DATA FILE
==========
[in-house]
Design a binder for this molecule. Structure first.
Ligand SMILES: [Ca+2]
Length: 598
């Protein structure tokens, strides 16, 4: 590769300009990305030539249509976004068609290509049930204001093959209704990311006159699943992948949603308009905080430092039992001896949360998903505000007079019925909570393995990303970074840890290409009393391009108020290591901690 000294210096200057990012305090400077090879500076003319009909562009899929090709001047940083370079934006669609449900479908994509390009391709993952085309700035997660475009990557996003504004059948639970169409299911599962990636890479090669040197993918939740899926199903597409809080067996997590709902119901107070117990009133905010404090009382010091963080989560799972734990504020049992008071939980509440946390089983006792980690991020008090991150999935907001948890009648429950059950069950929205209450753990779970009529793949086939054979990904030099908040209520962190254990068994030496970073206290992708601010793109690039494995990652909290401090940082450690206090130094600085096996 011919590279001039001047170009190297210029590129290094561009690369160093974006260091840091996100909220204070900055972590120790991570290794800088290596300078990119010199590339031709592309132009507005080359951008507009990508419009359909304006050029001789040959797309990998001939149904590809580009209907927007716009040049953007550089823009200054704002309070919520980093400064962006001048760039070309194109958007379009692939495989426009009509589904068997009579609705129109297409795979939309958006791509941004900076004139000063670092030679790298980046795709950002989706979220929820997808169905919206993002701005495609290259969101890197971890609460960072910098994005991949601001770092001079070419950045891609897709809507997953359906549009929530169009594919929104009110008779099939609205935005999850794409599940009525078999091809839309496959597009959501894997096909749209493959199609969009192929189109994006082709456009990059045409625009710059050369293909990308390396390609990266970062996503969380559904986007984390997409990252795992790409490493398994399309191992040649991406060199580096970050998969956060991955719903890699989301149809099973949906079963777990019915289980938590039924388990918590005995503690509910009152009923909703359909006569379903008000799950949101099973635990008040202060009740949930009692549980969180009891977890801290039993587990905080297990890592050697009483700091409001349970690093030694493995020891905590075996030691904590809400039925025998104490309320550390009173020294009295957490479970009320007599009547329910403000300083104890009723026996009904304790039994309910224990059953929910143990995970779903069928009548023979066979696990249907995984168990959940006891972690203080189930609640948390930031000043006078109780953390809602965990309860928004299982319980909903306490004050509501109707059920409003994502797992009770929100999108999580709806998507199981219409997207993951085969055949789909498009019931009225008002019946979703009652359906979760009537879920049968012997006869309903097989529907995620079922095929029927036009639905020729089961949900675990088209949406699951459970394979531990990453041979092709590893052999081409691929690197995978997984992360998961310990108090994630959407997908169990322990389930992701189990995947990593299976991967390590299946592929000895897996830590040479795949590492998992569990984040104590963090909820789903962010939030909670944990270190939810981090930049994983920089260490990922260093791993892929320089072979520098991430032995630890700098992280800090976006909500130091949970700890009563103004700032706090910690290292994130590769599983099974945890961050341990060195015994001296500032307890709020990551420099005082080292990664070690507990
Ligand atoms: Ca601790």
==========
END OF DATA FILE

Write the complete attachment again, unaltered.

[in-house]
Design a binder for this molecule. Structure first.
Ligand SMILES: [Ca+2]
Length: 598
């Protein structure tokens, strides 16, 4: 590769300009990305030539249509976004068609290509049930204001093959209704990311006159699943992948949603308009905080430092039992001896949360998903505000007079019925909570393995990303970074840890290409009393391009108020290591901690 000294210096200057990012305090400077090879500076003319009909562009899929090709001047940083370079934006669609449900479908994509390009391709993952085309700035997660475009990557996003504004059948639970169409299911599962990636890479090669040197993918939740899926199903597409809080067996997590709902119901107070117990009133905010404090009382010091963080989560799972734990504020049992008071939980509440946390089983006792980690991020008090991150999935907001948890009648429950059950069950929205209450753990779970009529793949086939054979990904030099908040209520962190254990068994030496970073206290992708601010793109690039494995990652909290401090940082450690206090130094600085096996 011919590279001039001047170009190297210029590129290094561009690369160093974006260091840091996100909220204070900055972590120790991570290794800088290596300078990119010199590339031709592309132009507005080359951008507009990508419009359909304006050029001789040959797309990998001939149904590809580009209907927007716009040049953007550089823009200054704002309070919520980093400064962006001048760039070309194109958007379009692939495989426009009509589904068997009579609705129109297409795979939309958006791509941004900076004139000063670092030679790298980046795709950002989706979220929820997808169905919206993002701005495609290259969101890197971890609460960072910098994005991949601001770092001079070419950045891609897709809507997953359906549009929530169009594919929104009110008779099939609205935005999850794409599940009525078999091809839309496959597009959501894997096909749209493959199609969009192929189109994006082709456009990059045409625009710059050369293909990308390396390609990266970062996503969380559904986007984390997409990252795992790409490493398994399309191992040649991406060199580096970050998969956060991955719903890699989301149809099973949906079963777990019915289980938590039924388990918590005995503690509910009152009923909703359909006569379903008000799950949101099973635990008040202060009740949930009692549980969180009891977890801290039993587990905080297990890592050697009483700091409001349970690093030694493995020891905590075996030691904590809400039925025998104490309320550390009173020294009295957490479970009320007599009547329910403000300083104890009723026996009904304790039994309910224990059953929910143990995970779903069928009548023979066979696990249907995984168990959940006891972690203080189930609640948390930031000043006078109780953390809602965990309860928004299982319980909903306490004050509501109707059920409003994502797992009770929100999108999580709806998507199981219409997207993951085969055949789909498009019931009225008002019946979703009652359906979760009537879920049968012997006869309903097989529907995620079922095929029927036009639905020729089961949900675990088209949406699951459970394979531990990453041979092709590893052999081409691929690197995978997984992360998961310990108090994630959407997908169990322990389930992701189990995947990593299976991967390590299946592929000895897996830590040479795949590492998992569990984040104590963090909820789903962010939030909670944990270190939810981090930049994983920089260490990922260093791993892929320089072979520098991430032995630890700098992280800090976006909500130091949970700890009563103004700032706090910690290292994130590769599983099974945890961050341990060195015994001296500032307890709020990551420099005082080292990664070690507990
Ligand atoms: Ca601790």